Show a visual version of 'This American Life'
Although the producers of PBS’ new genre-bending series “Life 360” don’t care to pigeonhole their project, there’s an easy way to describe it. Hosted by “Nightline” correspondent Michel Martin, the Friday night at 9 show can be boiled down to a visual version of “This American Life,” NPR’s weekly collection of personal narratives.
“We have a feeling that the show will be appealing to a slightly younger audience than what is traditionally connected with PBS,” says Martin. “Of course, I’ll be the host of the show, which means if you look at the show as a dinner party, I’ll be the person who greets you at the door and tells you who the fun people are that you’re going to meet.”
The “fun people” Martin refers to are the comedians, writers, filmmakers, musicians and journalists featured in each hour of the 13-part series. Produced by Oregon Public Broadcasting and ABC News’ “Nightline,” the episodes will cover one theme — food, roots and monuments, for example — each week.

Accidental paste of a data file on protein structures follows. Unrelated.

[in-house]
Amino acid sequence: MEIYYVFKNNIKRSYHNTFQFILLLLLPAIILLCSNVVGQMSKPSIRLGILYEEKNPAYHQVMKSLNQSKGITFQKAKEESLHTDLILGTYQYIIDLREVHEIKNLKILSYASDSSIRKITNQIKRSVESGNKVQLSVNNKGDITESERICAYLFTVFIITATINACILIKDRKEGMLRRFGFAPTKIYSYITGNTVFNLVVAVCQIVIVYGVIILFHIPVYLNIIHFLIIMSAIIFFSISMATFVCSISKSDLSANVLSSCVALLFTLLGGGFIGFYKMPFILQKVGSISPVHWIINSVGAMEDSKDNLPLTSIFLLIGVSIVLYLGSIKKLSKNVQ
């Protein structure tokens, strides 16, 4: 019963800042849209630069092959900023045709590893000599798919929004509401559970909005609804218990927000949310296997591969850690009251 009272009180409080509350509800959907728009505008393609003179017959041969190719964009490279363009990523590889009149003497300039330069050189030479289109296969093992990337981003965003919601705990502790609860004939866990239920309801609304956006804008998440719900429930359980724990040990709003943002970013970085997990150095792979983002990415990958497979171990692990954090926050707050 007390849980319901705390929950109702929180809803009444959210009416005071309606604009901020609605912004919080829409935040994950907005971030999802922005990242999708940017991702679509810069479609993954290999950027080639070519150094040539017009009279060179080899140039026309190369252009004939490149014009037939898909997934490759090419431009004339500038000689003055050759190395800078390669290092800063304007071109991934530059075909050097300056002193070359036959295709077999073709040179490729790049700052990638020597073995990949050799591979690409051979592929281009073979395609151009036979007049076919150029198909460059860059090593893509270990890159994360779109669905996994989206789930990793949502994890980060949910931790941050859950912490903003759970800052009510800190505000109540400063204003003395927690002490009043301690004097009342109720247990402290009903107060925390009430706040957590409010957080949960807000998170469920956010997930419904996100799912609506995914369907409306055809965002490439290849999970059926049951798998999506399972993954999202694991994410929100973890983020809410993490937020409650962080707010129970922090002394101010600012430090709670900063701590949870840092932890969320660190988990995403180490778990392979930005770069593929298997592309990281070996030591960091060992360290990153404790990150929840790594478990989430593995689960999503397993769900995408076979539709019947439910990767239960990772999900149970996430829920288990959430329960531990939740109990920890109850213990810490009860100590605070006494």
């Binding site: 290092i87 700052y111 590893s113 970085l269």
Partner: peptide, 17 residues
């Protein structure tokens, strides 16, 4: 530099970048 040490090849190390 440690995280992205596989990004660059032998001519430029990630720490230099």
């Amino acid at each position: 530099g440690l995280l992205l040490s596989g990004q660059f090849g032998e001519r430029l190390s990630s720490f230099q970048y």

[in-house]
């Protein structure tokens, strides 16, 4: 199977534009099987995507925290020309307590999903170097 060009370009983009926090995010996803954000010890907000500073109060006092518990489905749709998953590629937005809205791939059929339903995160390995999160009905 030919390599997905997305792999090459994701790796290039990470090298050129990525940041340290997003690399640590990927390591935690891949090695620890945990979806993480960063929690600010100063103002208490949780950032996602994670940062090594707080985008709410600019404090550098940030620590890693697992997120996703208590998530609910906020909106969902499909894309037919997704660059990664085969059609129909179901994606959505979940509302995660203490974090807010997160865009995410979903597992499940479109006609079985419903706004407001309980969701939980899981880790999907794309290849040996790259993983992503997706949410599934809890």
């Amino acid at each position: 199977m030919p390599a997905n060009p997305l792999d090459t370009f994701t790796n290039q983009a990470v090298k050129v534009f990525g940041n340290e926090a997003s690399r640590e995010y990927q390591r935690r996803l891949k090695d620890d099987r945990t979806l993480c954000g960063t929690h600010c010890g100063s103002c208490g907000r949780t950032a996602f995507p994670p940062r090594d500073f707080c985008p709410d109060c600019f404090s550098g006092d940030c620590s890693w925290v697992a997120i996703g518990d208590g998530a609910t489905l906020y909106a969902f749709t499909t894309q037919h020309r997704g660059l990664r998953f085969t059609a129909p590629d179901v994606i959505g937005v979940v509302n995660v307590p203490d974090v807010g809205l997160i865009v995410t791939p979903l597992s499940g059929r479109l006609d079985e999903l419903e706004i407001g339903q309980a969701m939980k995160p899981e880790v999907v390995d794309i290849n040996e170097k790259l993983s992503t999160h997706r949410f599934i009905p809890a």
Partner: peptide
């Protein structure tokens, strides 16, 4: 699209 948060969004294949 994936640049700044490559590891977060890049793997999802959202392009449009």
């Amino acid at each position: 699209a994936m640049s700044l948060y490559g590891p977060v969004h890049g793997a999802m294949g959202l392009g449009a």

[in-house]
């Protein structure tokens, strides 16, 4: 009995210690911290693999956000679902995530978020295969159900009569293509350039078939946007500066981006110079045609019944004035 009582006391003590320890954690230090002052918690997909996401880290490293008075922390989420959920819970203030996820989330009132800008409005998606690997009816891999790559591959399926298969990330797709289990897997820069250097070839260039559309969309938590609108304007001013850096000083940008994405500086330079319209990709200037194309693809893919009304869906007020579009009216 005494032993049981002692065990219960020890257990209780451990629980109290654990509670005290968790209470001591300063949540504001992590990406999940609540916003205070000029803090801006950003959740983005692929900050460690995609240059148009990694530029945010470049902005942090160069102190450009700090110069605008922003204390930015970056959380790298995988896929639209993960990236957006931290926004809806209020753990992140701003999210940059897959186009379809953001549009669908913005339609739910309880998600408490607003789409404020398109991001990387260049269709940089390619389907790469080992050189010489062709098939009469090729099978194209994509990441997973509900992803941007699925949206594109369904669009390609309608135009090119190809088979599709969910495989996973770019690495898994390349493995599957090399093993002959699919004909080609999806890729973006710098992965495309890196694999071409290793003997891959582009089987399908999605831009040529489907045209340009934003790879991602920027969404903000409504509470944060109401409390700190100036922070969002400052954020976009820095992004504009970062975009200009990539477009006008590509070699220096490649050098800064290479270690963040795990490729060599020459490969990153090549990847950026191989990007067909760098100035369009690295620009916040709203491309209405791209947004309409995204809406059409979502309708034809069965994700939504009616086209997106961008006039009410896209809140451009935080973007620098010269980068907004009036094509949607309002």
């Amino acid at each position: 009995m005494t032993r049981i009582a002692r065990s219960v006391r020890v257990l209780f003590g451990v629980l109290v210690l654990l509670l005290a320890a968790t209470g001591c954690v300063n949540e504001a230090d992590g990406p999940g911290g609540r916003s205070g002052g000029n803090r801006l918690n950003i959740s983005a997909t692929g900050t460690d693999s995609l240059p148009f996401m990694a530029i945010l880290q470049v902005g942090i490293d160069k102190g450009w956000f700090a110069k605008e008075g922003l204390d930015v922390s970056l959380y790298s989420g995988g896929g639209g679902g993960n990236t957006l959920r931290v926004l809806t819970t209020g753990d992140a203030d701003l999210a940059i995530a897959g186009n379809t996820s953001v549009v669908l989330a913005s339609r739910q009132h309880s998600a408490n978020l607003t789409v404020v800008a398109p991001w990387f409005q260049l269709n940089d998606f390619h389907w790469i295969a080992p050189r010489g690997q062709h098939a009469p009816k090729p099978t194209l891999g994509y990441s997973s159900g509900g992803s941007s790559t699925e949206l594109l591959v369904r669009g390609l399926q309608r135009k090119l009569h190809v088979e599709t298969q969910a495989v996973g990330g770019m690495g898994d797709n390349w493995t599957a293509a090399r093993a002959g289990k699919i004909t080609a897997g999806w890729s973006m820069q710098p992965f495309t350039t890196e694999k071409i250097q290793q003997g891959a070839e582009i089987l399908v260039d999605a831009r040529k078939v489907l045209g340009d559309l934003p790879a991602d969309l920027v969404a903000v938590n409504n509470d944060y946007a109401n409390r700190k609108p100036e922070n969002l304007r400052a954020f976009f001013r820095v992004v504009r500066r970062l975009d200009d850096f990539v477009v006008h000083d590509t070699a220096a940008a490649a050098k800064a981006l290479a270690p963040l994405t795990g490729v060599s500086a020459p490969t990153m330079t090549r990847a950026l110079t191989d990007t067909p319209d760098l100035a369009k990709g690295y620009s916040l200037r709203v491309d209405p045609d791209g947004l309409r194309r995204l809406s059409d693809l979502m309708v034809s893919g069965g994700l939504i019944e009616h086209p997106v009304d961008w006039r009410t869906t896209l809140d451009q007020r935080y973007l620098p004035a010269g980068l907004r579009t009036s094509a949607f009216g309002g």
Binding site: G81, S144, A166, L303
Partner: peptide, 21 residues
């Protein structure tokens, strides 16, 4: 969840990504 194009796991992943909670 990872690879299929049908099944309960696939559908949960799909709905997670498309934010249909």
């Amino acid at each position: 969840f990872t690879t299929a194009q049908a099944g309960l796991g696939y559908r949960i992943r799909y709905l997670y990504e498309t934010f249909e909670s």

Among the quirky contributions featured in the first few outings are ones by comedian Margaret Cho; journo Robert Krulwich; Oscar-winning documentarians Jeffrey Friedman and Rob Epstein; and musicians Los Lobos, Brian McKnight, Mary Chapin Carpenter and John Hiatt.
According to Martin, the show aims to bring the world to people who don’t have the means or leisure time to visit museums and theaters.
“The greatest thing about being on public TV is that you’re not limited by these narrow demographics and target audiences. Each segment gets the kind of length it deserves. We can include a five-minute short by a student filmmaker on a given subject, or dedicate the whole hour to a specific story that warrants the time and attention.”
For example, in an episode devoted to food, viewers will take a look at the power and politics of New York City restaurants, visit young eco radicals who survive only on discarded food, and listen to performers Carmen Pelaez’s and Margaret Cho’s views on nourishment. Now, that’s the kind of reality programming that should inspire network execs next year.